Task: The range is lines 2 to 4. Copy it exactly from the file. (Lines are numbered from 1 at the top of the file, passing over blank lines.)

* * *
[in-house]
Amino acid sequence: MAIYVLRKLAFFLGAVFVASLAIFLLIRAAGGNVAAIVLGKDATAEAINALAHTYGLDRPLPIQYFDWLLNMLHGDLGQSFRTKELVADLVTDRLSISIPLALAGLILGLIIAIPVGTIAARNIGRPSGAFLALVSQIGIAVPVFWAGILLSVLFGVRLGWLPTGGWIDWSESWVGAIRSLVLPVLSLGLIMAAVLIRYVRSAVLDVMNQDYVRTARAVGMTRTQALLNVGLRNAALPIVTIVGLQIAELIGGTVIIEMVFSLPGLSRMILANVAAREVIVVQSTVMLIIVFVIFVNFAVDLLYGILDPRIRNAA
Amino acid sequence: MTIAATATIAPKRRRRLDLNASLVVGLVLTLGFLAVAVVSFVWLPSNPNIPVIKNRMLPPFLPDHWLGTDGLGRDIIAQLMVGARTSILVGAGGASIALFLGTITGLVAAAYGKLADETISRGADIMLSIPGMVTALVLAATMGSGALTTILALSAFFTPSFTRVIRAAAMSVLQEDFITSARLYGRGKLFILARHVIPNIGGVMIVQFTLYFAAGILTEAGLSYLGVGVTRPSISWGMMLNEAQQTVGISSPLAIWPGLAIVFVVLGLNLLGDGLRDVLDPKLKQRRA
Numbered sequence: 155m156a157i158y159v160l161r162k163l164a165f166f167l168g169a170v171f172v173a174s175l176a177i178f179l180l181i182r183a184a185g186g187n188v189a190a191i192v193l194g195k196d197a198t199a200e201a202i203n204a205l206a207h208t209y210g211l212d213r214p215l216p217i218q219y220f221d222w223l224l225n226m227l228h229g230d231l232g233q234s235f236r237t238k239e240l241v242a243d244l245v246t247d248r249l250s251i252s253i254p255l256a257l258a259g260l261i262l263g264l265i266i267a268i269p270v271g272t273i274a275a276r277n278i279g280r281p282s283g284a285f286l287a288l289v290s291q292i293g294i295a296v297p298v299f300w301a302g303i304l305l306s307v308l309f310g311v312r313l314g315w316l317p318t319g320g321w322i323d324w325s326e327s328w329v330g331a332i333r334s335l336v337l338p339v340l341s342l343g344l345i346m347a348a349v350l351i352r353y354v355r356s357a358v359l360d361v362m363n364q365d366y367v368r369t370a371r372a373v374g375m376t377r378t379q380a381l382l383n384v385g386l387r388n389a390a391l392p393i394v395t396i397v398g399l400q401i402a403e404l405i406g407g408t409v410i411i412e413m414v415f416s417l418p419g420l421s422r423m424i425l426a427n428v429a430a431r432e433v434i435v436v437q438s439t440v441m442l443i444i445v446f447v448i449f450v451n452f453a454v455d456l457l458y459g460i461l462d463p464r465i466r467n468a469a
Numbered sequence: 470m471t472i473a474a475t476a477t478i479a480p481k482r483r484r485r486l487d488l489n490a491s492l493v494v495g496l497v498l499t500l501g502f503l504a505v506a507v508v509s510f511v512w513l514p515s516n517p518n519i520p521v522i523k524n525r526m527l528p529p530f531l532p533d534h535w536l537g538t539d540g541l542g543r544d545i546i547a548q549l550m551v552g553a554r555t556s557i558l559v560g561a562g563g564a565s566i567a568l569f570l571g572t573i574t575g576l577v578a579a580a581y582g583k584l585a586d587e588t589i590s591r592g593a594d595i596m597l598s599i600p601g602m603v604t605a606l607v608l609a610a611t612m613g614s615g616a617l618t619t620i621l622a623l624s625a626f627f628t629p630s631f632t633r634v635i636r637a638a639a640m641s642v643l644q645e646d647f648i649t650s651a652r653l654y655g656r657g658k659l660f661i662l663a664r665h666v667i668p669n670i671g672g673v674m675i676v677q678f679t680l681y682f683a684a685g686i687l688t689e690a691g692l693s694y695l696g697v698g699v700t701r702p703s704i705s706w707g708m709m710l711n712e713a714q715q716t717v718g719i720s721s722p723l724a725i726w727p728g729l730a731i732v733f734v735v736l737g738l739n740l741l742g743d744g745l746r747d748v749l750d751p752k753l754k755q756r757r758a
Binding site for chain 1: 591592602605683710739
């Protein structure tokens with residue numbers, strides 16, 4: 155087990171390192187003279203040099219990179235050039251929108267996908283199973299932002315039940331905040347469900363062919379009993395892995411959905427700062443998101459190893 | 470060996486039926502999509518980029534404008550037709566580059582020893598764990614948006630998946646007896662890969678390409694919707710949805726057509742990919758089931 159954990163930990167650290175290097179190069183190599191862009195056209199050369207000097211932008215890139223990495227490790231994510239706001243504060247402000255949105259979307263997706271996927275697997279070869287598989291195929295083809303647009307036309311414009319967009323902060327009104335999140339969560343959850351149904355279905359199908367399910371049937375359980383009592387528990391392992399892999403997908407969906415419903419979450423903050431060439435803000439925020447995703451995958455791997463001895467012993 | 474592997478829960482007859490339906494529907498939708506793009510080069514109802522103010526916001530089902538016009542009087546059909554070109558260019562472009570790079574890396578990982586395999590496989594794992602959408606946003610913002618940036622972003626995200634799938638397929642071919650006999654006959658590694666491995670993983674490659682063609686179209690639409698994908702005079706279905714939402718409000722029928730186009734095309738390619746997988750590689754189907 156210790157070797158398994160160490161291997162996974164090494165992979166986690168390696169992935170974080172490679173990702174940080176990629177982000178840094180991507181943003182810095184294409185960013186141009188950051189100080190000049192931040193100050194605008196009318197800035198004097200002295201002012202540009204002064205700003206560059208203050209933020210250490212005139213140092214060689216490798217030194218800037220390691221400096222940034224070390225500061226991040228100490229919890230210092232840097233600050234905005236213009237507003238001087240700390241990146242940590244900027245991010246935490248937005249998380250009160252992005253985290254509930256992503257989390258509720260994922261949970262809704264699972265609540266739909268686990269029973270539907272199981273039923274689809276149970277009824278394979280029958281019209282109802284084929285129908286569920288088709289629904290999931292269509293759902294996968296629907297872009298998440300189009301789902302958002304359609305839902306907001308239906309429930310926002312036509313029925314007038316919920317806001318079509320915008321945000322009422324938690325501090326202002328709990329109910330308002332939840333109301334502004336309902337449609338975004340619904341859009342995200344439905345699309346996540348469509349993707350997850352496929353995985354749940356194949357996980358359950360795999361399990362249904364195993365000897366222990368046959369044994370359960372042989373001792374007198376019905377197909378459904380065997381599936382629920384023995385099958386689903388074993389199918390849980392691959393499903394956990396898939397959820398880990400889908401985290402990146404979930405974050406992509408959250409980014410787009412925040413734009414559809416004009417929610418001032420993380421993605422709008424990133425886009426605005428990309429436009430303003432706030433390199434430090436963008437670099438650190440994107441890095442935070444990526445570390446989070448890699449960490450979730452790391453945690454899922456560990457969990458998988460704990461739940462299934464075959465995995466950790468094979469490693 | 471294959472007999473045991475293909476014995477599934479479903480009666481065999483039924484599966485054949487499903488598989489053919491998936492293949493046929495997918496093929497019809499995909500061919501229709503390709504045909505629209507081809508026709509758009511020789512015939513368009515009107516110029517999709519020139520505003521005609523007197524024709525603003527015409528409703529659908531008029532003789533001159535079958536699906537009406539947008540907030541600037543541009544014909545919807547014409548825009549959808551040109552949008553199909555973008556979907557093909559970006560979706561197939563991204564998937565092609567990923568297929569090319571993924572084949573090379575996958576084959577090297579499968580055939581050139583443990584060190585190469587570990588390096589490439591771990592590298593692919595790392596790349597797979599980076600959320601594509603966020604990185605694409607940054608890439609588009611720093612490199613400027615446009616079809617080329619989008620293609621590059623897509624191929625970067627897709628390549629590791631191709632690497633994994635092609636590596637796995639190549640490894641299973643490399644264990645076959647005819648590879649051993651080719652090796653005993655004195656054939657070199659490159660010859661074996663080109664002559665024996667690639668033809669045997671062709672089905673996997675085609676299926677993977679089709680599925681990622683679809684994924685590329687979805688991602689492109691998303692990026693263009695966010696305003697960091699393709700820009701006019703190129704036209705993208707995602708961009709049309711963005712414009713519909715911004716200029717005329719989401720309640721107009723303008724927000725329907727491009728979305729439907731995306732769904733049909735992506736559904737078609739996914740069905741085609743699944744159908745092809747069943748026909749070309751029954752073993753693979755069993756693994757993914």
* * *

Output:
Amino acid sequence: MAIYVLRKLAFFLGAVFVASLAIFLLIRAAGGNVAAIVLGKDATAEAINALAHTYGLDRPLPIQYFDWLLNMLHGDLGQSFRTKELVADLVTDRLSISIPLALAGLILGLIIAIPVGTIAARNIGRPSGAFLALVSQIGIAVPVFWAGILLSVLFGVRLGWLPTGGWIDWSESWVGAIRSLVLPVLSLGLIMAAVLIRYVRSAVLDVMNQDYVRTARAVGMTRTQALLNVGLRNAALPIVTIVGLQIAELIGGTVIIEMVFSLPGLSRMILANVAAREVIVVQSTVMLIIVFVIFVNFAVDLLYGILDPRIRNAA
Amino acid sequence: MTIAATATIAPKRRRRLDLNASLVVGLVLTLGFLAVAVVSFVWLPSNPNIPVIKNRMLPPFLPDHWLGTDGLGRDIIAQLMVGARTSILVGAGGASIALFLGTITGLVAAAYGKLADETISRGADIMLSIPGMVTALVLAATMGSGALTTILALSAFFTPSFTRVIRAAAMSVLQEDFITSARLYGRGKLFILARHVIPNIGGVMIVQFTLYFAAGILTEAGLSYLGVGVTRPSISWGMMLNEAQQTVGISSPLAIWPGLAIVFVVLGLNLLGDGLRDVLDPKLKQRRA
Numbered sequence: 155m156a157i158y159v160l161r162k163l164a165f166f167l168g169a170v171f172v173a174s175l176a177i178f179l180l181i182r183a184a185g186g187n188v189a190a191i192v193l194g195k196d197a198t199a200e201a202i203n204a205l206a207h208t209y210g211l212d213r214p215l216p217i218q219y220f221d222w223l224l225n226m227l228h229g230d231l232g233q234s235f236r237t238k239e240l241v242a243d244l245v246t247d248r249l250s251i252s253i254p255l256a257l258a259g260l261i262l263g264l265i266i267a268i269p270v271g272t273i274a275a276r277n278i279g280r281p282s283g284a285f286l287a288l289v290s291q292i293g294i295a296v297p298v299f300w301a302g303i304l305l306s307v308l309f310g311v312r313l314g315w316l317p318t319g320g321w322i323d324w325s326e327s328w329v330g331a332i333r334s335l336v337l338p339v340l341s342l343g344l345i346m347a348a349v350l351i352r353y354v355r356s357a358v359l360d361v362m363n364q365d366y367v368r369t370a371r372a373v374g375m376t377r378t379q380a381l382l383n384v385g386l387r388n389a390a391l392p393i394v395t396i397v398g399l400q401i402a403e404l405i406g407g408t409v410i411i412e413m414v415f416s417l418p419g420l421s422r423m424i425l426a427n428v429a430a431r432e433v434i435v436v437q438s439t440v441m442l443i444i445v446f447v448i449f450v451n452f453a454v455d456l457l458y459g460i461l462d463p464r465i466r467n468a469a